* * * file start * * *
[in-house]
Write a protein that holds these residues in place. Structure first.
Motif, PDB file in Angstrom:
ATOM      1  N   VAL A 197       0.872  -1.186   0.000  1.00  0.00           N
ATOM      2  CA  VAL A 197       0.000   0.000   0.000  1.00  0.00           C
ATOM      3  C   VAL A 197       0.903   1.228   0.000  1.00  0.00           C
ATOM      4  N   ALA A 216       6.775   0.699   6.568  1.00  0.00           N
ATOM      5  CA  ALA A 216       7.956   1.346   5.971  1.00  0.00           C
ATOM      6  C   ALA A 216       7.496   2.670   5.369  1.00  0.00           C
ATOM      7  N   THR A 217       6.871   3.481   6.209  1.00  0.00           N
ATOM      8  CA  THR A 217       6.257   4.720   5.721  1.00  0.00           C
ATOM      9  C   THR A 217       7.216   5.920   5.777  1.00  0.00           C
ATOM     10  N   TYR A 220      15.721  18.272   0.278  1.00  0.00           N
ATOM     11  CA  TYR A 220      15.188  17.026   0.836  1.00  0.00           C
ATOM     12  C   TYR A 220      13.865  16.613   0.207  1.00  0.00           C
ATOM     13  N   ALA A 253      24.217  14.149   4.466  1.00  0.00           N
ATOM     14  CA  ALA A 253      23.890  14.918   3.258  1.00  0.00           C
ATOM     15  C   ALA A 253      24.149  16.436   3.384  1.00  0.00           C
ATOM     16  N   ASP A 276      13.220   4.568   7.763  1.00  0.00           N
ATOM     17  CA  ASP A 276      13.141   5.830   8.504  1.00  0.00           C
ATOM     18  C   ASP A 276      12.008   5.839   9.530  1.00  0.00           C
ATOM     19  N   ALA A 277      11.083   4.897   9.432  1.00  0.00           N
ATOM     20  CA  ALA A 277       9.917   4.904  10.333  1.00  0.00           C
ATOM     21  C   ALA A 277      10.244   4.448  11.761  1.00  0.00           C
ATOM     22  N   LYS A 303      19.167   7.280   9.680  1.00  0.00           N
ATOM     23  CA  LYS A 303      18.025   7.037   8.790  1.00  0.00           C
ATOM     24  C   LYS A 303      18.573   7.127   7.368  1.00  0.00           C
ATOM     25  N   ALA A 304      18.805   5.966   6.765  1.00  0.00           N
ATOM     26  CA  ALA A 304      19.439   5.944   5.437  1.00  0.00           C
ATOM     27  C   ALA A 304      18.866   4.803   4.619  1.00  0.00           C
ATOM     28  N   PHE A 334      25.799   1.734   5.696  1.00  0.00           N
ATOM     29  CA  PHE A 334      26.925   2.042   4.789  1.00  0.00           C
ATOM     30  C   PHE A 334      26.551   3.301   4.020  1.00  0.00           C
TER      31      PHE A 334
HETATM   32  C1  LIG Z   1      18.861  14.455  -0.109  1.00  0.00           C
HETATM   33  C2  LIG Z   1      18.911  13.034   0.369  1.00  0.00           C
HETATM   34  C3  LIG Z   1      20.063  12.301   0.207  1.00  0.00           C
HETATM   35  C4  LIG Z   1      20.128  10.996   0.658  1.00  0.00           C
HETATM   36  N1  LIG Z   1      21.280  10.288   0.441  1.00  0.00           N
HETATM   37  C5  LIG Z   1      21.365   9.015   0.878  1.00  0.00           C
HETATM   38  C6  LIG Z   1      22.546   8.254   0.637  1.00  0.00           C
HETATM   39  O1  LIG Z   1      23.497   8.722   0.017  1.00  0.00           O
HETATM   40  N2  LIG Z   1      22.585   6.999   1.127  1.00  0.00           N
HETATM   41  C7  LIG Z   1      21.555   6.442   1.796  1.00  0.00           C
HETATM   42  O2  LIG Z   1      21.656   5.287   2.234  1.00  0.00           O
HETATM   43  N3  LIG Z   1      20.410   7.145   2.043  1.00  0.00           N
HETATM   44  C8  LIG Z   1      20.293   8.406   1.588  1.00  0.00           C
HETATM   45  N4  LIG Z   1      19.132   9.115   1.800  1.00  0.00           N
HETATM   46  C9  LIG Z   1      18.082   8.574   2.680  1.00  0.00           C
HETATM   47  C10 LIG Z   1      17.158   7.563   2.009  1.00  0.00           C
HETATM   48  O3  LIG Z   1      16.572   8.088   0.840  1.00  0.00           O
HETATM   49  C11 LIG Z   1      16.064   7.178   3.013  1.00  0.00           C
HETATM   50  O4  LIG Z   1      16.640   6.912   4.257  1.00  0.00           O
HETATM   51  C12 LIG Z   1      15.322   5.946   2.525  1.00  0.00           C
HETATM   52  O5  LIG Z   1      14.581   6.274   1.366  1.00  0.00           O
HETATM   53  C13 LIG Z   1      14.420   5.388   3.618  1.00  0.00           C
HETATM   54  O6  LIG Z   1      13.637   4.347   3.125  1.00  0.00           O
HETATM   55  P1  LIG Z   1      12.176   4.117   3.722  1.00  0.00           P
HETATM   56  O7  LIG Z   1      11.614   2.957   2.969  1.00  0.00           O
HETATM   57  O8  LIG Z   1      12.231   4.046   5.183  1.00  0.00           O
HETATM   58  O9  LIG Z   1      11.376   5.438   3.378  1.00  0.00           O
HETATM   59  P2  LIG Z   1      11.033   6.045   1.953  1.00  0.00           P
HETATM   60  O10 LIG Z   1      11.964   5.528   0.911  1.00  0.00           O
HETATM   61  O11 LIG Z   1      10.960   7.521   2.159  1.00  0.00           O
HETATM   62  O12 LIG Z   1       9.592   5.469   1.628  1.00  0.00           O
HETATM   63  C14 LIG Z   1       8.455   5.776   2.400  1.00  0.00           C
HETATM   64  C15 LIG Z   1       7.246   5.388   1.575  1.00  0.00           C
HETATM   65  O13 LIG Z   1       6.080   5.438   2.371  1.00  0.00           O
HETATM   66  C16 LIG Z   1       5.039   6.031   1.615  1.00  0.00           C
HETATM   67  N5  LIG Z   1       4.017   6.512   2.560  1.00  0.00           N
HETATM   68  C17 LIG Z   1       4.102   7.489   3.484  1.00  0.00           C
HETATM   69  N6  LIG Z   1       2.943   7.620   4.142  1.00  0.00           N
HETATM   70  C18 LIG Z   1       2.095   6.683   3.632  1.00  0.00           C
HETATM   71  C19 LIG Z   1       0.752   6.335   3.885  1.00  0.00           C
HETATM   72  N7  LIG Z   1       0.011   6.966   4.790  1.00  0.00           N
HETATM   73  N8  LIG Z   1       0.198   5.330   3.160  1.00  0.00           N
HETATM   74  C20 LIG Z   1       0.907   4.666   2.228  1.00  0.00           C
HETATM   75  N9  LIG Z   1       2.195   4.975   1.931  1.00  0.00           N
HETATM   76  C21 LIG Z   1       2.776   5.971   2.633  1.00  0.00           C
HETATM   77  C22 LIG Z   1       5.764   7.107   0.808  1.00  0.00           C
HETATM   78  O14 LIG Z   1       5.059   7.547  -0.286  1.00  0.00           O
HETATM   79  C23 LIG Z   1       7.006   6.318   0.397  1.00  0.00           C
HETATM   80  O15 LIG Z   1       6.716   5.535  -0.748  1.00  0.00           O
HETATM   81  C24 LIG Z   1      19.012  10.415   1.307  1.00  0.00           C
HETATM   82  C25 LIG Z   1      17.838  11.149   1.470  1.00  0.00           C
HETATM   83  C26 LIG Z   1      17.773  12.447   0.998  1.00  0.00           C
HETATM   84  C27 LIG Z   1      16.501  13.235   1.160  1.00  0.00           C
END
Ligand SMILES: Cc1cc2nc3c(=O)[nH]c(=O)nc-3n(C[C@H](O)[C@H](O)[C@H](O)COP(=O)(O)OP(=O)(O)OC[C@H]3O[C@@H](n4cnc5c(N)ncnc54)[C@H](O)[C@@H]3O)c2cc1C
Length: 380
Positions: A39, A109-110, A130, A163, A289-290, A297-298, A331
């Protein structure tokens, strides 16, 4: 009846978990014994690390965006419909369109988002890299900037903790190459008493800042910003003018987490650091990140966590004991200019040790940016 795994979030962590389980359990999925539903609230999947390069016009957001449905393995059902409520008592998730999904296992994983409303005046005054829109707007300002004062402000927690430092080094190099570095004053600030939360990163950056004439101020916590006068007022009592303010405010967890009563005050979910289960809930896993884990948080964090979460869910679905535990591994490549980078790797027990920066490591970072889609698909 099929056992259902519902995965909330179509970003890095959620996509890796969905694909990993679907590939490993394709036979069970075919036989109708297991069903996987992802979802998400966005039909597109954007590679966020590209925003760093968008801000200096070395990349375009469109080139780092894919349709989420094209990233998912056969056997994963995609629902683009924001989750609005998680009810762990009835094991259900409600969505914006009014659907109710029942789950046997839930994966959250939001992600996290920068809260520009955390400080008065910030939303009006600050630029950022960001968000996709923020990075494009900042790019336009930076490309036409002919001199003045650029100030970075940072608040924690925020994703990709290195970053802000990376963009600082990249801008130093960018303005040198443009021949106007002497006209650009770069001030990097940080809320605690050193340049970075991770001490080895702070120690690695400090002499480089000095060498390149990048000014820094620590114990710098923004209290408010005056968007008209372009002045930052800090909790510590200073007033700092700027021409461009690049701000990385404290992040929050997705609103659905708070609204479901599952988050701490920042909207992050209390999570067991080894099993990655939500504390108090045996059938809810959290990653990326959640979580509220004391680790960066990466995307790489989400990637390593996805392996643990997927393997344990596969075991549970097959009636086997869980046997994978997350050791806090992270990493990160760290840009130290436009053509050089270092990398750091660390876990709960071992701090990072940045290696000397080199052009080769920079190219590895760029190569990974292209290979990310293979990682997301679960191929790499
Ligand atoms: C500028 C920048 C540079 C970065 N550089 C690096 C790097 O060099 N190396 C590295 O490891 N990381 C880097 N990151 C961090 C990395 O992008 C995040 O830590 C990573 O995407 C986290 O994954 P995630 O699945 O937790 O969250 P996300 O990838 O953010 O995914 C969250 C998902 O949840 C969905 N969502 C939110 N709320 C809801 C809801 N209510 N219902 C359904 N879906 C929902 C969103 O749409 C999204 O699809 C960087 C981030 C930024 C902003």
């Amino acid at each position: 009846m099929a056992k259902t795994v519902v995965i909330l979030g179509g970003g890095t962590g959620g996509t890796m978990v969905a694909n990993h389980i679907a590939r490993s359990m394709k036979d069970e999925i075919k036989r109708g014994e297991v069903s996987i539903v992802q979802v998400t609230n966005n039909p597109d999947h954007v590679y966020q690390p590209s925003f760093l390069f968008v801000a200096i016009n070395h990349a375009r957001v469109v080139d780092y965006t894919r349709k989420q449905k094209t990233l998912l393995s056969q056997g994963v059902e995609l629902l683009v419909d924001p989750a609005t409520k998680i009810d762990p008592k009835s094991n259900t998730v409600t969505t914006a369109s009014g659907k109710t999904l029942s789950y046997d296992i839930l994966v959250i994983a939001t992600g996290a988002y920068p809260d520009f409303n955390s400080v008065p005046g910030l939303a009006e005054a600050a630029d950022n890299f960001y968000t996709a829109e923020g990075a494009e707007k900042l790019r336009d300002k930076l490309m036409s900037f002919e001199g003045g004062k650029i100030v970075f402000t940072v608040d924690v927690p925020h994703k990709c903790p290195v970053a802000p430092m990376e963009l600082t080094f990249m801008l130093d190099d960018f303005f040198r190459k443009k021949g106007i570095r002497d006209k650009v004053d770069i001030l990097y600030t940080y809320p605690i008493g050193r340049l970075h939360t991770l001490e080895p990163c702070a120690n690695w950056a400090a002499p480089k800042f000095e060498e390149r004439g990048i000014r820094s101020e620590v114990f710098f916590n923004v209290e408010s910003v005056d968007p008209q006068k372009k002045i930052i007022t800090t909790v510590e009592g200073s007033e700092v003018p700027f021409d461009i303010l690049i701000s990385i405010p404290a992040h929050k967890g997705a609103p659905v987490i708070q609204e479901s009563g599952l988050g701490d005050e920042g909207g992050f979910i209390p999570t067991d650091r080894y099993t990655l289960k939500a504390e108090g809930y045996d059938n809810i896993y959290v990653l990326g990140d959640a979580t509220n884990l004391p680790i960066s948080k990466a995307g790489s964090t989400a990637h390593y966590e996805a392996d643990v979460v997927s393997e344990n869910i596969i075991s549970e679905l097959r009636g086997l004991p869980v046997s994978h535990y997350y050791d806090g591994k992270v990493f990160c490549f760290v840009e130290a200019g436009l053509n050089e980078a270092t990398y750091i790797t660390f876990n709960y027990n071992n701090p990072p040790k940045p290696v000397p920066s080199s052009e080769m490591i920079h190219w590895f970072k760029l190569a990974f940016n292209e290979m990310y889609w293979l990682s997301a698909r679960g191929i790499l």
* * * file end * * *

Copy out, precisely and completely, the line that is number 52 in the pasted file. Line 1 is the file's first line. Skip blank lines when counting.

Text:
HETATM   49  C11 LIG Z   1      16.064   7.178   3.013  1.00  0.00           C